Seven Innovative Programs Shown Effective for Teen Pregnancy Prevention

Published November 2021

The Office of Population Affairs’ (OPA) Teen Pregnancy Prevention (TPP) program is a national, evidence-based program that funds diverse organizations working to prevent teen pregnancy across the United States. OPA also funds the development and rigorous evaluation of new or innovative TPP programs that strive to reduce disparities and specifically serve high-need populations.

OPA TPP grantees released research that identifies effective innovative approaches for teen pregnancy prevention. These programs join the ranks of TPP programs that have experienced positive outcomes when evaluated for effectiveness.

The seven TPP programs below target populations that experience disproportionately high levels of teen pregnancy, sexually transmitted infections (STIs), and sexual risk behavior. Their evaluation results provide insight into effective ways of engaging these specific high-need groups of youth, such as Black and Latinx youth, non-exclusively heterosexual female youth, and youth in rural areas. Because there have been historically fewer evaluations of programs prioritizing these groups, OPA expects that these evaluation results will fill in gaps in knowledge and drive significant change to improve equity in reproductive health.


Girl2Girl Text Messaging Program

Girl2Girl

 

Girl2Girl is a 20-week teen pregnancy prevention text messaging program for cisgender female youth ages 14 to 18, who identify as lesbian, bisexual, gay, or other non-heterosexual sexual identity (i.e., do not exclusively identify as heterosexual). The Girl2Girl evaluation found that participants who had been sexually active were more likely to use a condom after the intervention than those who did not participate.


High School FLASH Sexual Health Curriculum

High School FLASH is a 15-session comprehensive sexual health curriculum designed for classroom settings in grades 9 to 12 that is already widely used across the United States in classrooms in urban, suburban, and rural school districts. According to the FLASH evaluation, this program was found to be effective at reducing sex without a condom or birth control among sexually inexperienced youth. Additionally, all program participants had improved ability to refuse sex and self-efficacy to get and use condoms.

 

HS FLASH


IN·clued – Inclusive Healthcare Program

Included Participants

 

IN·clued is the first evidence-based LGBTQ+-centered sex education program and addresses health disparities affecting LGBTQ+ youth across the country. The program consists of two workshops: one for clinical staff and one for LGBTQ+ youth. The IN·clued evaluation found that the program decreased sexual risk behaviors and increased knowledge of sexual health in LGBTQ+ youth, and self-efficacy to advocate for their needs with healthcare providers.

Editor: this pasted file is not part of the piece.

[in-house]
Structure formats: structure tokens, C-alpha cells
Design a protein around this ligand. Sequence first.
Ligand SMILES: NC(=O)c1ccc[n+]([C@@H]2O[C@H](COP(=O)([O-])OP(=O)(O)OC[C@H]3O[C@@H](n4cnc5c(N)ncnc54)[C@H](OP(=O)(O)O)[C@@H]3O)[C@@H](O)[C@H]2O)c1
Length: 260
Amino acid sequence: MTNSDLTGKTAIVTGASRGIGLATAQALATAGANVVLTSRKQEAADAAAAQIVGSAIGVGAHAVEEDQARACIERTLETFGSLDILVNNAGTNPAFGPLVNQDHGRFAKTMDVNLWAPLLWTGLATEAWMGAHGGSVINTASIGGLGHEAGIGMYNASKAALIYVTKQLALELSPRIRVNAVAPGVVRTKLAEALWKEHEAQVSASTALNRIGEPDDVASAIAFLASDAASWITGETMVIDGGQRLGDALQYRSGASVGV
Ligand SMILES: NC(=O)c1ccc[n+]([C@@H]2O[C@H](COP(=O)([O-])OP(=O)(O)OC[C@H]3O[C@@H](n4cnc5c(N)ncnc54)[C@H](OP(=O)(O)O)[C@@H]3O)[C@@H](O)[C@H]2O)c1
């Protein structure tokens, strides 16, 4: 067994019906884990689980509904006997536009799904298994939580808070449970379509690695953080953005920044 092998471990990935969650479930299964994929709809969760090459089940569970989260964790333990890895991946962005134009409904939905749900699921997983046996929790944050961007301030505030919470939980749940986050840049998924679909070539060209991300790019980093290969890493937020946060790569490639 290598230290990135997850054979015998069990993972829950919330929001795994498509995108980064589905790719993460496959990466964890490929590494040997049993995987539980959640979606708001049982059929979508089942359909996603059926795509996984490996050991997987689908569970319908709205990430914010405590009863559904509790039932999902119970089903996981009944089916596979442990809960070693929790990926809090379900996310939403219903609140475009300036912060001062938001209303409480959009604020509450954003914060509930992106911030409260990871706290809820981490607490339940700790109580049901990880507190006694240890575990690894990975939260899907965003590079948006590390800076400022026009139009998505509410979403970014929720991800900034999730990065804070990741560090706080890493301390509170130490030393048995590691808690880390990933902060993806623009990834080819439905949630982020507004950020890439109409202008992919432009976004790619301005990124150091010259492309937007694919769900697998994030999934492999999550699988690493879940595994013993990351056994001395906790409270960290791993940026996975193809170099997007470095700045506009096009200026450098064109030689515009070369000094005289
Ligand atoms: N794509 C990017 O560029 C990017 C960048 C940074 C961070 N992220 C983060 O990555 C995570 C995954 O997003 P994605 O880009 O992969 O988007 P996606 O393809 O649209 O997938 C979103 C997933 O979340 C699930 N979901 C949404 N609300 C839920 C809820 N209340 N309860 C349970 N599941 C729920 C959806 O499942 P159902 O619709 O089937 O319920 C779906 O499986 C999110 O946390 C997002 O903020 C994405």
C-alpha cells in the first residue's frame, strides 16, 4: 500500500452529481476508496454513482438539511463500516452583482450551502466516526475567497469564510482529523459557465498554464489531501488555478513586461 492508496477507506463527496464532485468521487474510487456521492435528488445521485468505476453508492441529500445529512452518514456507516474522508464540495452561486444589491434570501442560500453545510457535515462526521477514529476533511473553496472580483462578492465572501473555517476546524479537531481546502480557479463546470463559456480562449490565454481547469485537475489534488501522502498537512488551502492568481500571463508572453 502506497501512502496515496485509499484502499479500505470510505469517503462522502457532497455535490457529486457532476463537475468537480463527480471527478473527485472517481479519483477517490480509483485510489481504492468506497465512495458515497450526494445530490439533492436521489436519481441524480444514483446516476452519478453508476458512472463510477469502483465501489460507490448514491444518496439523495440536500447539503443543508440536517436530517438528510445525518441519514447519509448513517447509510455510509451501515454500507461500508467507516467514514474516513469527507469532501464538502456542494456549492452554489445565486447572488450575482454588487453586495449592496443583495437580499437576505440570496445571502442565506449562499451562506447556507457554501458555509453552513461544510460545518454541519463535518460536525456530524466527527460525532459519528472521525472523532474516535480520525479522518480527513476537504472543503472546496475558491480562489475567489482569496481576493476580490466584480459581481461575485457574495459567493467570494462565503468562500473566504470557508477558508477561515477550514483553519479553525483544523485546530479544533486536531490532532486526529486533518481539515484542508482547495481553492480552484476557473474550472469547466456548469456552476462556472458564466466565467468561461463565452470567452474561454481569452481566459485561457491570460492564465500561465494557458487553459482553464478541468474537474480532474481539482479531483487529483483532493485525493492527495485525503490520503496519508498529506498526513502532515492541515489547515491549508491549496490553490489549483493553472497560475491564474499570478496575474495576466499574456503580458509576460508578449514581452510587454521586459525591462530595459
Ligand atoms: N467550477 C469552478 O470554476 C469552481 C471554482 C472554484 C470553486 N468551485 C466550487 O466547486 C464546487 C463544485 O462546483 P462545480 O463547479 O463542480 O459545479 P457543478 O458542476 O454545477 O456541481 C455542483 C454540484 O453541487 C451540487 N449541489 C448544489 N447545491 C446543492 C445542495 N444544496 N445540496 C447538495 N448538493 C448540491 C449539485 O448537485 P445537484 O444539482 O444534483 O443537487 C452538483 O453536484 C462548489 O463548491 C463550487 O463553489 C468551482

Linking Families and Teens (LiFT) Workshops

Linking Families and Teens (LiFT) is an innovative program designed for families and youth ages 13 to 19 in rural communities. It is a two-module curriculum workshop for youth and their parenting adults. Youth participants in LiFT were less likely to have ever been pregnant or caused a pregnancy. The LIFT evaluation also indicates it is one of a few programs with a significant parent component that have been identified as effective.

 

Mother and Daughter Hugging during LiFT


Peer Group Connection-High School Mentoring Program

Peer Group Connection Participants

 

Peer Group Connection-High School (PGC-HS) is a peer-to-peer group mentoring program for 9th grade students designed to facilitate the transition from middle school into high school. PGC-HS integrates into the school day and leverages existing resources within a school, setting it up for long-term sustainability. The Peer Group Connection-High School evaluation showed reductions in vaginal sex among participants as well as an increase in decision-making skills and connections with peers over one year.


Plan A Video Intervention

Plan A is a 23-minute video intervention designed for African American and Hispanic/Latinx women ages 18 to 19 that promotes effective contraceptive use, condom use for dual contraception and HIV/STI prevention, and HIV/STI testing. This is a low-resource, low-training intervention that can be quickly implemented in a clinic or similar settings. According to the Plan A evaluation, youth who watched Plan A were more likely to get tested for STIs and less likely to have sex without a condom in the follow-up months than those who did not watch the video.

 

plan A


Pulse Mobile App

Pulse Mobile App

 

Pulse is a web-based mobile health application that allows youth to access programing wherever they are, using their smartphones or other devices. Participants are Black and Latinx women ages 18 to 20. Pulse provides comprehensive, medically accurate sexual and reproductive health information, in English and Spanish, through engaging interactive and multimedia features. In the Pulse evaluation, participants had a statistically significant reduction in having sex without a hormonal or long-acting reversible contraceptive.


Spread the word with these posts:

  • OPA’s Teen Pregnancy Prevention (TPP) program is a national, evidence-based program that funds diverse organizations working to prevent teen pregnancy across the U.S. Learn more about @HHSPopAffairs’ new, innovative, and evidence-based TPP programs. https://opa.hhs.gov/TPPTier2BEvaluation
  • . @HHSPopAffairs funded the development and rigorous evaluation of new or innovative Teen Pregnancy Prevention (TPP) programs. Programs that demonstrate positive outcomes are eligible to be implemented by TPP grantees in communities with the greatest need. https://opa.hhs.gov/TPPTier2BEvaluation